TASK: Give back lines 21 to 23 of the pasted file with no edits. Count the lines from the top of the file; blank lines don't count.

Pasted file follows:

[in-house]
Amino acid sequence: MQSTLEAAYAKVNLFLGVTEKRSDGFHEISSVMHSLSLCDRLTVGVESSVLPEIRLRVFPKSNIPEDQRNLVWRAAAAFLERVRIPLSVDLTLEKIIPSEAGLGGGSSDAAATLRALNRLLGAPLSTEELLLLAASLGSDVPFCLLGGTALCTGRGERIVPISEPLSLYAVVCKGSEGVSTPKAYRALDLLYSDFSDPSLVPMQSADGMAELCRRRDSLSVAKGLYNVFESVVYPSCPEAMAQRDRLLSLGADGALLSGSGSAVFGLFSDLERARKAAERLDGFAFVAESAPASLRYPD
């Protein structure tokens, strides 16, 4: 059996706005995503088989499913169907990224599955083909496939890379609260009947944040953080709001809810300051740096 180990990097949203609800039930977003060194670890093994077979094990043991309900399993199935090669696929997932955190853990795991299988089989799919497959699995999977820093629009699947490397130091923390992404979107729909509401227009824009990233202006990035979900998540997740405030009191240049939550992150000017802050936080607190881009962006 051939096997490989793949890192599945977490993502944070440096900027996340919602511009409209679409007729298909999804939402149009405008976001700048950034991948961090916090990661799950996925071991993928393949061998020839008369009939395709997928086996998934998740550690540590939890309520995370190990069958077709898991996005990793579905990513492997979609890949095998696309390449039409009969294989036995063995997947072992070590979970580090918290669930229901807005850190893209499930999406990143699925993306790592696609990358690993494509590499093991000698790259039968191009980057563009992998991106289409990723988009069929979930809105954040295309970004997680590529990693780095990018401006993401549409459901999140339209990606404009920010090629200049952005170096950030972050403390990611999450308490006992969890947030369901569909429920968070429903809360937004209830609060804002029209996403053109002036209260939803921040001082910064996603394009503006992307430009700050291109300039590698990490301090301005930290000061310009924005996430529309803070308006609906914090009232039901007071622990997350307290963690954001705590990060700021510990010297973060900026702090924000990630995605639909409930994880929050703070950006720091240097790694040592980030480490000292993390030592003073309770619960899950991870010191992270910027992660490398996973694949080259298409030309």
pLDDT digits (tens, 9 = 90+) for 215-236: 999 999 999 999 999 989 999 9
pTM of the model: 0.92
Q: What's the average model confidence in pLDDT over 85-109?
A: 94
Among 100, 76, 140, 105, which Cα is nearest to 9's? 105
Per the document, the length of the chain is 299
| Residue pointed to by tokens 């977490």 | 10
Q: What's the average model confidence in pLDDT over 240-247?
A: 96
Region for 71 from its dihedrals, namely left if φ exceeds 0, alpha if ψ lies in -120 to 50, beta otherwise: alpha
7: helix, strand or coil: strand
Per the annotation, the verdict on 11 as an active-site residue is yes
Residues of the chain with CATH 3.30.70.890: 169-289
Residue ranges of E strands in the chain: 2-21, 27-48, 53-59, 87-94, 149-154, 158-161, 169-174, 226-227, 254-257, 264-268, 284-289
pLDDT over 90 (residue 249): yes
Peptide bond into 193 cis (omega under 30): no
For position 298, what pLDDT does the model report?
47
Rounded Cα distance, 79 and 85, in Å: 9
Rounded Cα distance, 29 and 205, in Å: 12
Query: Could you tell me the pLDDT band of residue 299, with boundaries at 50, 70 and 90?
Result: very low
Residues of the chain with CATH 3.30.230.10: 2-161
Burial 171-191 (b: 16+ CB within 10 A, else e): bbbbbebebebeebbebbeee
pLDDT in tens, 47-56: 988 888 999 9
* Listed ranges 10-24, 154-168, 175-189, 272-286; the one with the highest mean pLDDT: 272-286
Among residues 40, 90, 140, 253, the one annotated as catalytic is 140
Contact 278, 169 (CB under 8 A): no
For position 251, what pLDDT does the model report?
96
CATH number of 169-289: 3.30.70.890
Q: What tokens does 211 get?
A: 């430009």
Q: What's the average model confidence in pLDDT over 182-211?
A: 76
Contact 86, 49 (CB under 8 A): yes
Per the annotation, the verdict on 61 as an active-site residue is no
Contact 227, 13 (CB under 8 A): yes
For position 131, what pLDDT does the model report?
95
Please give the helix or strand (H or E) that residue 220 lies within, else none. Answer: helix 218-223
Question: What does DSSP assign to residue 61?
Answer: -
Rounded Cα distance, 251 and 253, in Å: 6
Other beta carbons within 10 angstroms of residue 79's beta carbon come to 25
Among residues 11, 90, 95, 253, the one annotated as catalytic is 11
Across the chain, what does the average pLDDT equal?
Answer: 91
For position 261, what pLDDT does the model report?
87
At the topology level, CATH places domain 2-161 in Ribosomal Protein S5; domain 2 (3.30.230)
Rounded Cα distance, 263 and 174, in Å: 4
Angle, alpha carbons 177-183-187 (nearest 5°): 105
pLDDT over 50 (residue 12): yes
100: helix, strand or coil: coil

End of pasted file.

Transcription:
47
Rounded Cα distance, 79 and 85, in Å: 9
Rounded Cα distance, 29 and 205, in Å: 12